The Emerald City’s most northern neighborhood, Northgate, often feels like its resident island of misfit toys – forgotten, detached, isolated. It is the neighborhood I have called home since returning to the Pacific Northwest after years of living in New York City and, quite honestly, that’s why I fell in love with it. It is an area that feels like the suburbs, sometimes even the country, nestled within city limits. It is a neighborhood with a unique personality of restaurants, bars, and shopping while still allowing the opportunity to have a yard where my two dogs can run around outside chasing crows. Surrounded by trees, accessible to Lake Washington, and quiet while close enough to dip your toes in Ballard or Fremont’s nightlife for an evening, to me, it’s Seattle’s best kept secret.
However, the scoffs and hesitations from my Seattle friends whenever I invited them over has not gone unnoticed over the years. “Northgate’s so far” some would say, “that’s a trek”. Maybe it has something to do with living in a city where you can ride the subway for two hours without ever leaving New York, but a fifteen-minute drive north of Downtown, and really only 30-minutes away from anything else (traffic providing of course), never seemed like that much of an excursion. What has become apparent, however, is that Northgate has built itself the reputation as being simply inaccessible to most Seattleites.
All of that changed on October 2 with the opening of Sound Transit’s Link light rail extension to its new Northgate station. Although I have been covering the story and observing its construction every time I’d catch a movie at AMC, or drive by on Interstate 5, the grand opening took place while I was out of town visiting the East Coast. Its functionality really sank in when I flew back to Seattle and remembered I could take the train straight from SeaTac Airport to Northgate without the $50 to $60 cab or ride share expense. I walked to the station from the airport’s enclosed skybridge and was home, hassle-free, in less than an hour.
Northgate Station has opened windows of opportunity for me. Suddenly the city seems more open than ever. Just the other weekend my girlfriend and I awoke on a Sunday morning with the spontaneous idea of grabbing brunch at one of our favorite spots in Capitol Hill. We walked to the light rail and within twenty minutes we were having brunch.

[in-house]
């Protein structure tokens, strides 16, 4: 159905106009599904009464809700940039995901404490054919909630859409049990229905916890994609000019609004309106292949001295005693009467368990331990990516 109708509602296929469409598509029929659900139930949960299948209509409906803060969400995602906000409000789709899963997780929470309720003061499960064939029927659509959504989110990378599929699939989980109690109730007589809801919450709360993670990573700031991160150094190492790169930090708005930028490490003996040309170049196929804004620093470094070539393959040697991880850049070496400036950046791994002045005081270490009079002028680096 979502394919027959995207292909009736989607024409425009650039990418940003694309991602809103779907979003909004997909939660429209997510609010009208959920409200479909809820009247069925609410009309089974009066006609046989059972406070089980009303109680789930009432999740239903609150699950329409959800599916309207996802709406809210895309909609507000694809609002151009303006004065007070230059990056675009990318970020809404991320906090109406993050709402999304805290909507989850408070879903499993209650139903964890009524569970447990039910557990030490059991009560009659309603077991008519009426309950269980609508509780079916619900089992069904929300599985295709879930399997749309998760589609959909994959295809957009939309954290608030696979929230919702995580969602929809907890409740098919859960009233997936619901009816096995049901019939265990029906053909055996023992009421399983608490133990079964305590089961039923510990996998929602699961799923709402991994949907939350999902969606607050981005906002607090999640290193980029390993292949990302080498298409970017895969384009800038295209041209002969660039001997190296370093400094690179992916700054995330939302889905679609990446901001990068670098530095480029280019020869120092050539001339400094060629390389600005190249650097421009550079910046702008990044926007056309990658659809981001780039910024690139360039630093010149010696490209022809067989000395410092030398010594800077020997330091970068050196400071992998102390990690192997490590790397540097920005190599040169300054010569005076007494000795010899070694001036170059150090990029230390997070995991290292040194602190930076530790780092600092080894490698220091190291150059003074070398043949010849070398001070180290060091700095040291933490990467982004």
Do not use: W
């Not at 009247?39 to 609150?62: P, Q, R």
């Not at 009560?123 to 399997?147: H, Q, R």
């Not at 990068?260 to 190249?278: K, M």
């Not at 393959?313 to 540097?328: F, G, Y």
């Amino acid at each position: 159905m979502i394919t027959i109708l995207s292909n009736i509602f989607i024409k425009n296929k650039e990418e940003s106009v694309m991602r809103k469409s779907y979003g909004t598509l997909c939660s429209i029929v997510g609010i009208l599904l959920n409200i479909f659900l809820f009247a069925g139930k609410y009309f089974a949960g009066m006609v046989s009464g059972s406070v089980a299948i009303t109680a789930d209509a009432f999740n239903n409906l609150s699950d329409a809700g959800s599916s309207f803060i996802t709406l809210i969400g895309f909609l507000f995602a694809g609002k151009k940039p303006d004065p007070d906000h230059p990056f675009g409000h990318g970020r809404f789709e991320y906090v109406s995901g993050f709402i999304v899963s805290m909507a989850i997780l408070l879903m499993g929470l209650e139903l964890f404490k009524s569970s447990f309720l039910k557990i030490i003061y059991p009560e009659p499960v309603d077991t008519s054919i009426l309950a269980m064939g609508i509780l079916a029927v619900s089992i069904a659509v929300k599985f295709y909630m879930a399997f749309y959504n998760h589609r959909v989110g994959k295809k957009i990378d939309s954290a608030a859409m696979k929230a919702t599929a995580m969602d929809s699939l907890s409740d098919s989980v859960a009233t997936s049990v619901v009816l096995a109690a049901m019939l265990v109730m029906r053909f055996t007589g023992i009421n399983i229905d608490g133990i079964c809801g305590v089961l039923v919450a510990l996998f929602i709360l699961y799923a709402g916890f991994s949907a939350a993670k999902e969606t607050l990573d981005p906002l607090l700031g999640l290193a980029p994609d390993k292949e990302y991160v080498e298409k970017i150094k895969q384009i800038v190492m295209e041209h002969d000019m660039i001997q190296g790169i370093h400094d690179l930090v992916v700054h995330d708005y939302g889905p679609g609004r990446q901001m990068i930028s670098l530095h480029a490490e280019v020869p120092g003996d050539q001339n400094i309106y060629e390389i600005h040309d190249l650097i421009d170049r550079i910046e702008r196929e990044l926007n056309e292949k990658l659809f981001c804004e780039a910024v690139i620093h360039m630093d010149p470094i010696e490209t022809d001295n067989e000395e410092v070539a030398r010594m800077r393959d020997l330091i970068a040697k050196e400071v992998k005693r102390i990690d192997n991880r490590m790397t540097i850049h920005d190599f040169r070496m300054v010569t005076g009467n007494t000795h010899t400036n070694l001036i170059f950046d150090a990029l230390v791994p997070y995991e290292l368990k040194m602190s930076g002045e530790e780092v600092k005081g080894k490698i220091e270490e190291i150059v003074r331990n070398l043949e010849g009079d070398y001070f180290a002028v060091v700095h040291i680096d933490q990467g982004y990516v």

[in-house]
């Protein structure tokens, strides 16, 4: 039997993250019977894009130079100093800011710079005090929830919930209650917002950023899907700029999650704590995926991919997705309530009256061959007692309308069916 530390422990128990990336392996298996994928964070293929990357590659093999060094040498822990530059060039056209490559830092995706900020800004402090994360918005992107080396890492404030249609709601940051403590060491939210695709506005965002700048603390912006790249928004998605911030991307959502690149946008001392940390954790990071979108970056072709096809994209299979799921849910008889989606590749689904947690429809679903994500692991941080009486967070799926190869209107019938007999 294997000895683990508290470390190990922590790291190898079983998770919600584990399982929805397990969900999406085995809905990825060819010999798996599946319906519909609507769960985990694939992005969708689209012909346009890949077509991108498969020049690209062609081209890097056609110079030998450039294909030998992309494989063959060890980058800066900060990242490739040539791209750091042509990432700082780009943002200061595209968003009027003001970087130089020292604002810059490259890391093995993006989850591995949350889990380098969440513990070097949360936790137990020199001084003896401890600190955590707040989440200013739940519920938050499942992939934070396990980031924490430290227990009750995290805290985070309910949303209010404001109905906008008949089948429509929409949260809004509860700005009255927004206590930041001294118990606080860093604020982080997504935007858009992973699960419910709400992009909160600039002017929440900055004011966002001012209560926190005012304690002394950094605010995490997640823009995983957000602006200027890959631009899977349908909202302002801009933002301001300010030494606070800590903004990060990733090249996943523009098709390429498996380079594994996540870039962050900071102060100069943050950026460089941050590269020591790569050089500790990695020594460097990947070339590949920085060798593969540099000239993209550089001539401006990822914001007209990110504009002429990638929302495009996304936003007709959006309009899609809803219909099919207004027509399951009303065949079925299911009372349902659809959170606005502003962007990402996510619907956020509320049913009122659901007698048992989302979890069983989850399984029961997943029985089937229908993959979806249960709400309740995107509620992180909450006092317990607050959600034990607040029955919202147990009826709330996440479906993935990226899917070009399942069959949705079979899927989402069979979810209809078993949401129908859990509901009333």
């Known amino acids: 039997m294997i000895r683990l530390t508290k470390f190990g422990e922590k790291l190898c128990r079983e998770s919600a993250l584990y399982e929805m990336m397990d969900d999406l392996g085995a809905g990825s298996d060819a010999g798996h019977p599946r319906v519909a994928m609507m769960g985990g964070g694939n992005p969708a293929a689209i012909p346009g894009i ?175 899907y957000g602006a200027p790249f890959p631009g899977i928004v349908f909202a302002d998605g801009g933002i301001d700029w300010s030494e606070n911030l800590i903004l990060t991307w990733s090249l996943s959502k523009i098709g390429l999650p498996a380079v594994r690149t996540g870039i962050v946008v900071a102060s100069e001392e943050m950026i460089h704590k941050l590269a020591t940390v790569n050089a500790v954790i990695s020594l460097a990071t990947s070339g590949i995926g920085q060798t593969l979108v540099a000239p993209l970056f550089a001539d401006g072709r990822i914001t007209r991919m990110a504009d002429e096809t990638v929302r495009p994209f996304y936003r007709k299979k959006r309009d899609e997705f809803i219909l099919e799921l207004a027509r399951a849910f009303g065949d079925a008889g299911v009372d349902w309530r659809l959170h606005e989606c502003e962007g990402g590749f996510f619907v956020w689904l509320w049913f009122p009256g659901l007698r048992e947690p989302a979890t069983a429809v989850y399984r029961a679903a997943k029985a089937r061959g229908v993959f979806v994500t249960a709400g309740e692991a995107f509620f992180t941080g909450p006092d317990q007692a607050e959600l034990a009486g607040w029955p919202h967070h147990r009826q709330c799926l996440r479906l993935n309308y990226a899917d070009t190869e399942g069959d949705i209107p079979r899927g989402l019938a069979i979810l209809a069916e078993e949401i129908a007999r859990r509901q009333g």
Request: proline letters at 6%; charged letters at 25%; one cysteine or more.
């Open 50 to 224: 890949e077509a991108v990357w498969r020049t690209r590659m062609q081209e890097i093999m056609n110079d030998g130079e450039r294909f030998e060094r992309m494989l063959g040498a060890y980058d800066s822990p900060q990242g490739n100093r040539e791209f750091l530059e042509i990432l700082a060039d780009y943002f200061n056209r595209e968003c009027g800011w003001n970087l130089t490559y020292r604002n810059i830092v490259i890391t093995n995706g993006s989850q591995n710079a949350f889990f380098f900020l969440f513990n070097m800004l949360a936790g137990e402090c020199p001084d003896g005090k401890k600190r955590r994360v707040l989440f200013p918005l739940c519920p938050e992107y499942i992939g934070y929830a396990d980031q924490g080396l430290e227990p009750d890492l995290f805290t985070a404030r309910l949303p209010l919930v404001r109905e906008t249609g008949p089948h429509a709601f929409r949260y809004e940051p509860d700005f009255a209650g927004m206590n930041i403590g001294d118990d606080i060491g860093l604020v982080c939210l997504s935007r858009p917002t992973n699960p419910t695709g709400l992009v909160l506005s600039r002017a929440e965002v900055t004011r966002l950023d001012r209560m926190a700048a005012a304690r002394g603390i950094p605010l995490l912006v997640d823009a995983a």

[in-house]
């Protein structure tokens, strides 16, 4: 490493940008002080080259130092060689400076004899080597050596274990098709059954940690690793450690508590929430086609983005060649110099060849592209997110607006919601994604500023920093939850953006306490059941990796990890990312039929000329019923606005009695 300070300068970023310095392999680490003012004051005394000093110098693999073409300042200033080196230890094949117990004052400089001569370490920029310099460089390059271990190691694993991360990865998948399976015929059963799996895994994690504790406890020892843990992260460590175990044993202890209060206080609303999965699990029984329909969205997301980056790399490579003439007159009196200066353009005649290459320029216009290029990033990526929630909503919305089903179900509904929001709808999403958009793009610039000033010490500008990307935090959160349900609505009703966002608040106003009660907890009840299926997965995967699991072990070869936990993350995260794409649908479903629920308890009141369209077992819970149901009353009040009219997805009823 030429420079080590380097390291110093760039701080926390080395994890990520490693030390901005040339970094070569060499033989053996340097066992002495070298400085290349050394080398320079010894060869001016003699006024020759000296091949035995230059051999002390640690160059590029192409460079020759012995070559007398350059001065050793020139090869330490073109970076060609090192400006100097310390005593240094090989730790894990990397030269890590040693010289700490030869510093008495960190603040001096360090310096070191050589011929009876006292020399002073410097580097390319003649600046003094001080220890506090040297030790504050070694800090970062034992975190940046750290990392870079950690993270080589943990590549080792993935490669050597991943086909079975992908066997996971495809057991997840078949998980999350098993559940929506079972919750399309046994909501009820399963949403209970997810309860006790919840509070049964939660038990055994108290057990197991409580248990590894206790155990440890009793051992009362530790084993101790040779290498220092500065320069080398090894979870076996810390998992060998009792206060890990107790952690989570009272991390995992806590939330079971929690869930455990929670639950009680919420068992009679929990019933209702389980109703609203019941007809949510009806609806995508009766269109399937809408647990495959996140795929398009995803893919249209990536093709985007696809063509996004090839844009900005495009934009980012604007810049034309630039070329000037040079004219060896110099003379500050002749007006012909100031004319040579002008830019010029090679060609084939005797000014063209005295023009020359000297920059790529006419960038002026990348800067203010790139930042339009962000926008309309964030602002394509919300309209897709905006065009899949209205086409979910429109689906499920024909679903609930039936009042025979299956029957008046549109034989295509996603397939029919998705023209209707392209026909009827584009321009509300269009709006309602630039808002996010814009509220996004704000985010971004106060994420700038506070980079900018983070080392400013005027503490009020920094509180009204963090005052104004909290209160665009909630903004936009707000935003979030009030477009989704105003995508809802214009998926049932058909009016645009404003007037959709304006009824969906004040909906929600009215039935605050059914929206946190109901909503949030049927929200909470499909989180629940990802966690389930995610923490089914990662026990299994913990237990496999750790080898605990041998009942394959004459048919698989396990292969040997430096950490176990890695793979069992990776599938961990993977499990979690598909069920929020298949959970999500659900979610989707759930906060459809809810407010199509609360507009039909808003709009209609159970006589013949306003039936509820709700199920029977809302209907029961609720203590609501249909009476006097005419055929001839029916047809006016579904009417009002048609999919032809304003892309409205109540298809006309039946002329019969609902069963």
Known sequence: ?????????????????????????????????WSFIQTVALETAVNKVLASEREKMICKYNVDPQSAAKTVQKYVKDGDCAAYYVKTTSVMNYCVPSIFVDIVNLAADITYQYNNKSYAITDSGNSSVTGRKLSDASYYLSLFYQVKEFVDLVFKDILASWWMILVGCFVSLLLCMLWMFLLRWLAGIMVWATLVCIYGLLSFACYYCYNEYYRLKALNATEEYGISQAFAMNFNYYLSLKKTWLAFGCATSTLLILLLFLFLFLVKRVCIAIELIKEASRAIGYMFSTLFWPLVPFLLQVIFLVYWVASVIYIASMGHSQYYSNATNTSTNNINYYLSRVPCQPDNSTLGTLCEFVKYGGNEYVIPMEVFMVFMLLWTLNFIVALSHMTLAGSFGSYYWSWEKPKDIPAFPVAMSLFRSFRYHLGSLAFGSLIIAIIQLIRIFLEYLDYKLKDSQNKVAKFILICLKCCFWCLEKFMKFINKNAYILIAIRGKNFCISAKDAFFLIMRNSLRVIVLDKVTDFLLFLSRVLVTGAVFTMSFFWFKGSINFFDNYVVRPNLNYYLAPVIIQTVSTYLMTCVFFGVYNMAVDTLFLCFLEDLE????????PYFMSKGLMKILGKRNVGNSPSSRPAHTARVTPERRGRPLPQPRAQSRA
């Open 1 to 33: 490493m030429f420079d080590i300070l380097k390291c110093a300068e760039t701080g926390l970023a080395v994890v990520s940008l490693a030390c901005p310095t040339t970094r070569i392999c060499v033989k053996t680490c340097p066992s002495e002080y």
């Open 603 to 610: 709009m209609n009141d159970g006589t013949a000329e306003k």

After brunch we spent the day strolling Broadway’s farmer’s market, and shopping for used books at Twice Sold Tales. It felt as though Capitol Hill was now in our backyard. We’ve shopped for Christmas presents at Westlake Center, attended Emerald City Comic Con at the Washington State Convention Center, eating dim sum in the International District, and squeezed between a multitude of 12th men to catch the Seahawks play at Lumen Field, all for the price of $2.25.
Before the Northgate Station, driving to downtown Seattle was a hassle. The traffic of any big city is expected but never without its stresses, and parking can be scarce and expensive. Relying on cab services, including ride shares such as Uber or Lyft, can also be pricey averaging about $30 one-way from Northgate to downtown, and often as much as $100 after events like concerts or sports games if a rider is even available.
For the first time since living in Northgate I feel like a Seattleite. I finally feel like the city has accepted its estranged North Seattle neighborhood with open arms, presenting routes to areas that before felt locked away by accessibility challenges.
Although I have known about Sound Transit’s plan of opening Northgate Station for some time, I don’t think the reality of just how convenient it really is has hit me until it opened.
Growing so accustomed to driving and cabbing around Seattle, I wasn’t even sure how much I would use it. But to my surprise, within just two months of its opening, the extension has presented itself not only as a viable, affordable, mode of getting from one location to the next, it has become my preferred method of travel.
Taking advantage of Northgate Station’s expanded public transit service has only made me look forward to years ahead as it opens to the wider Puget Sound region. Soon residents of Snohomish County with the Lynnwood transit center opening in 2024 will have the same accessibility and present “Snohomies” and Seattleites a similar opportunity to explore new surrounding areas.
Big things are coming to Puget Sound-area transportation, and the success of Northgate Station is just a glimpse.
To learn more about Sound Transit’s expansion click here.